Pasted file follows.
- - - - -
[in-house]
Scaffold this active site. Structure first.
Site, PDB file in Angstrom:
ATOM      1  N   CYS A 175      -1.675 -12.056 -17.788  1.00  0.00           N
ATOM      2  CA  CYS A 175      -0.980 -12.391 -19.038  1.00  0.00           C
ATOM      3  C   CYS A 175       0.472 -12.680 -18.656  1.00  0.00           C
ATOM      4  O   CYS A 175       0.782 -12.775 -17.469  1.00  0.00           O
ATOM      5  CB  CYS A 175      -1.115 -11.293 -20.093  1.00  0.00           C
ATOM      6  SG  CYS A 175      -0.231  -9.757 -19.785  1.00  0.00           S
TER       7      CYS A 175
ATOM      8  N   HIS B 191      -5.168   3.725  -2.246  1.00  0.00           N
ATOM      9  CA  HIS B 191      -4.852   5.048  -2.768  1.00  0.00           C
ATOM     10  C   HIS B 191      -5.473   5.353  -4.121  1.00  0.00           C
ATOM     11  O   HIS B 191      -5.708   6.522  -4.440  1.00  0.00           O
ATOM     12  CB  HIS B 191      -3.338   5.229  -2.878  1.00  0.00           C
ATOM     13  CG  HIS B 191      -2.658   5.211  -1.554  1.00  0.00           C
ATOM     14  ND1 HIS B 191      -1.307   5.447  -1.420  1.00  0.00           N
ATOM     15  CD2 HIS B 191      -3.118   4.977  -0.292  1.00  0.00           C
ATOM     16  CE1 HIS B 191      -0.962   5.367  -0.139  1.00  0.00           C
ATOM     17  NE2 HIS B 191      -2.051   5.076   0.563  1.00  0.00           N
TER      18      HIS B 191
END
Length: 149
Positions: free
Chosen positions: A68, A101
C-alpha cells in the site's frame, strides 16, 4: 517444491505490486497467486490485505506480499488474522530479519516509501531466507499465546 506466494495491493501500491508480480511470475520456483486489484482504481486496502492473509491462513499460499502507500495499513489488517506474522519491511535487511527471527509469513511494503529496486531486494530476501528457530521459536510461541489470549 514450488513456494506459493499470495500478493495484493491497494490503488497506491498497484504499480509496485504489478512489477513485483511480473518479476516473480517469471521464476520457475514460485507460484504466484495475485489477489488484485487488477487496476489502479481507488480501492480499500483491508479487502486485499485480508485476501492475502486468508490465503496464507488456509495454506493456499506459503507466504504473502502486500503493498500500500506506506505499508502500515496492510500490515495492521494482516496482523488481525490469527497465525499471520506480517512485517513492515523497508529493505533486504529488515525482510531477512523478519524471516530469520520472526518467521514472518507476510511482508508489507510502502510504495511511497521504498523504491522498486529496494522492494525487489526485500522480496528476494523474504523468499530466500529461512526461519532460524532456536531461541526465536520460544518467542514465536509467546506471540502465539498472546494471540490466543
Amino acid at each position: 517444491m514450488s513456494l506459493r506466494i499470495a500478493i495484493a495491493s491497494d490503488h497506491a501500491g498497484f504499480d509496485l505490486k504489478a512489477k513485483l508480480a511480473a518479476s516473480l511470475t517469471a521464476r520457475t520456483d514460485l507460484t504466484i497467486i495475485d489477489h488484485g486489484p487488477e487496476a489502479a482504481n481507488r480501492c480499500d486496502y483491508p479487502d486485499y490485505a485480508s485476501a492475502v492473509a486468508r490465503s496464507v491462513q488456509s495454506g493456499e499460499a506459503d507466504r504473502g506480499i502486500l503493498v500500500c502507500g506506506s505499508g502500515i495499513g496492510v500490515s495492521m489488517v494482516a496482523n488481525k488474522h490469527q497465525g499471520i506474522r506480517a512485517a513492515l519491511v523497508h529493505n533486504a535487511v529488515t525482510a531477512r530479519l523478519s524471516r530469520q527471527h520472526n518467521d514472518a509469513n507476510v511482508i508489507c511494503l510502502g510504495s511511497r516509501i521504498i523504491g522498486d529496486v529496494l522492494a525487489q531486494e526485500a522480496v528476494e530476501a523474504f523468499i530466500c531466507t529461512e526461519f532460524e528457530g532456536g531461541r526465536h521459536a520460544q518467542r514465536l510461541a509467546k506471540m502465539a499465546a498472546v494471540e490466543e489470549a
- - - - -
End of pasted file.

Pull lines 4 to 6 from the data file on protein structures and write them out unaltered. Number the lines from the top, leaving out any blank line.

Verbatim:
ATOM      1  N   CYS A 175      -1.675 -12.056 -17.788  1.00  0.00           N
ATOM      2  CA  CYS A 175      -0.980 -12.391 -19.038  1.00  0.00           C
ATOM      3  C   CYS A 175       0.472 -12.680 -18.656  1.00  0.00           C